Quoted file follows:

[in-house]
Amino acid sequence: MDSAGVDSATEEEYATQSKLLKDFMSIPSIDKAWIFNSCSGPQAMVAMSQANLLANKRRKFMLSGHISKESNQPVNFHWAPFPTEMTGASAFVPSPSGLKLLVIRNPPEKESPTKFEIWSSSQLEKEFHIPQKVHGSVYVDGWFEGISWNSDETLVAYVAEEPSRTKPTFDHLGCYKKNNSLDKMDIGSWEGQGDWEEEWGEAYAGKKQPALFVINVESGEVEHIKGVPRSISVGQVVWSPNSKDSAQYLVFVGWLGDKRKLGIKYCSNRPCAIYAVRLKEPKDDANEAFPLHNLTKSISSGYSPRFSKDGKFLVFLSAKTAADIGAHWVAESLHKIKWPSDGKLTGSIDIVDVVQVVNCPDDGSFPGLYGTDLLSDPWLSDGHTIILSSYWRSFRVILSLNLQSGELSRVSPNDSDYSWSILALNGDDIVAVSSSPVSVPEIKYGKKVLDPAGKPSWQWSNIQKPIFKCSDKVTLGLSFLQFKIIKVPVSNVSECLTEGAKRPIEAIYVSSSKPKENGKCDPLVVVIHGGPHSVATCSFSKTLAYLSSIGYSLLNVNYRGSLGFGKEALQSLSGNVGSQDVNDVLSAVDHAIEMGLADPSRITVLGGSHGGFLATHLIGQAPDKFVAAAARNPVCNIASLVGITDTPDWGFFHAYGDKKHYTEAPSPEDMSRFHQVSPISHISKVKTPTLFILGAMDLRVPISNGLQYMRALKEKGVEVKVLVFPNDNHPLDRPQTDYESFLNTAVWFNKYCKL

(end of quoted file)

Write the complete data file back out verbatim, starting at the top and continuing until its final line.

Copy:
[in-house]
Amino acid sequence: MDSAGVDSATEEEYATQSKLLKDFMSIPSIDKAWIFNSCSGPQAMVAMSQANLLANKRRKFMLSGHISKESNQPVNFHWAPFPTEMTGASAFVPSPSGLKLLVIRNPPEKESPTKFEIWSSSQLEKEFHIPQKVHGSVYVDGWFEGISWNSDETLVAYVAEEPSRTKPTFDHLGCYKKNNSLDKMDIGSWEGQGDWEEEWGEAYAGKKQPALFVINVESGEVEHIKGVPRSISVGQVVWSPNSKDSAQYLVFVGWLGDKRKLGIKYCSNRPCAIYAVRLKEPKDDANEAFPLHNLTKSISSGYSPRFSKDGKFLVFLSAKTAADIGAHWVAESLHKIKWPSDGKLTGSIDIVDVVQVVNCPDDGSFPGLYGTDLLSDPWLSDGHTIILSSYWRSFRVILSLNLQSGELSRVSPNDSDYSWSILALNGDDIVAVSSSPVSVPEIKYGKKVLDPAGKPSWQWSNIQKPIFKCSDKVTLGLSFLQFKIIKVPVSNVSECLTEGAKRPIEAIYVSSSKPKENGKCDPLVVVIHGGPHSVATCSFSKTLAYLSSIGYSLLNVNYRGSLGFGKEALQSLSGNVGSQDVNDVLSAVDHAIEMGLADPSRITVLGGSHGGFLATHLIGQAPDKFVAAAARNPVCNIASLVGITDTPDWGFFHAYGDKKHYTEAPSPEDMSRFHQVSPISHISKVKTPTLFILGAMDLRVPISNGLQYMRALKEKGVEVKVLVFPNDNHPLDRPQTDYESFLNTAVWFNKYCKL